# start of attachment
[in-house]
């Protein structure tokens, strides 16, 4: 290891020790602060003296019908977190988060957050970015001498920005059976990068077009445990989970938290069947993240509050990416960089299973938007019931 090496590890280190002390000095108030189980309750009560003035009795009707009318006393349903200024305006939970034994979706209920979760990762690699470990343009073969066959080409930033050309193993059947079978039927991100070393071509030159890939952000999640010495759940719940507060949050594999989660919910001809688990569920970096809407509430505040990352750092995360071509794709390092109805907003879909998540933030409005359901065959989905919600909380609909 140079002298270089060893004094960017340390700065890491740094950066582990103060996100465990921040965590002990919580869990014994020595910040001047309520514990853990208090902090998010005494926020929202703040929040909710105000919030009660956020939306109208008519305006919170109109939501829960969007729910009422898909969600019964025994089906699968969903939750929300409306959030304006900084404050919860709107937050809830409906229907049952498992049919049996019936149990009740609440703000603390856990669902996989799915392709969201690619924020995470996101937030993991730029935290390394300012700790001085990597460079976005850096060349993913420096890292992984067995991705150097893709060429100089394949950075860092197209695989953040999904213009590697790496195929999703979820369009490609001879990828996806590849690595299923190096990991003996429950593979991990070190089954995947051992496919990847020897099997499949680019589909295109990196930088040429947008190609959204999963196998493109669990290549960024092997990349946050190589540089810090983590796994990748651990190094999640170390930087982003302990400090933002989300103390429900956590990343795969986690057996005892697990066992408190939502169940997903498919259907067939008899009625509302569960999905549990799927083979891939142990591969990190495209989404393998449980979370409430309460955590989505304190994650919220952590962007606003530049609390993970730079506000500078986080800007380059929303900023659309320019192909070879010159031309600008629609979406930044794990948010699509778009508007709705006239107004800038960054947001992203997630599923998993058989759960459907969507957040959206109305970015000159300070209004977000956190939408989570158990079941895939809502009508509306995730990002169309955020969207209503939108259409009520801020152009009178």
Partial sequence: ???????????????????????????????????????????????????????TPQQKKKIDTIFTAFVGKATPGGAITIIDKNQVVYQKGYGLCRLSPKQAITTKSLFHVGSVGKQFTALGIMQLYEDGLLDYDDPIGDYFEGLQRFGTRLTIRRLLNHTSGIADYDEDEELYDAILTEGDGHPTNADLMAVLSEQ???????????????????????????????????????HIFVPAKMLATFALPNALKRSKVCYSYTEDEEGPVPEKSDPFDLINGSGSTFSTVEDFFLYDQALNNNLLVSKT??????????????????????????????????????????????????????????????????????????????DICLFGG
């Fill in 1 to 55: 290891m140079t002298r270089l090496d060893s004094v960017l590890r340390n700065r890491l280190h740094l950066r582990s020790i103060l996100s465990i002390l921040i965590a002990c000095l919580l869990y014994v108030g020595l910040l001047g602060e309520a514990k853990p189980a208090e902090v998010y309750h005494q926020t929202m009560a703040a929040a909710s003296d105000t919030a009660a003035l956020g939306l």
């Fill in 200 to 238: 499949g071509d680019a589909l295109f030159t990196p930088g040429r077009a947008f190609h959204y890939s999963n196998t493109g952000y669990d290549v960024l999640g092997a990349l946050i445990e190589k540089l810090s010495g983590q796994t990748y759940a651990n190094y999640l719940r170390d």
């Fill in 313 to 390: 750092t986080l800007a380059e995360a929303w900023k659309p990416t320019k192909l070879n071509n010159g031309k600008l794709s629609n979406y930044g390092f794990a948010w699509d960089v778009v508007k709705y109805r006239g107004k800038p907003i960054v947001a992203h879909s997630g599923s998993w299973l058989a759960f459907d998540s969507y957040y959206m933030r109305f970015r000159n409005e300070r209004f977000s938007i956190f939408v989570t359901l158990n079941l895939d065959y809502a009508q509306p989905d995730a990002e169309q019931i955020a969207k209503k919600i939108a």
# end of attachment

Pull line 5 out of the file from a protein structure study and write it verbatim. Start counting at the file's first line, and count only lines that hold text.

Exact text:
């Fill in 200 to 238: 499949g071509d680019a589909l295109f030159t990196p930088g040429r077009a947008f190609h959204y890939s999963n196998t493109g952000y669990d290549v960024l999640g092997a990349l946050i445990e190589k540089l810090s010495g983590q796994t990748y759940a651990n190094y999640l719940r170390d």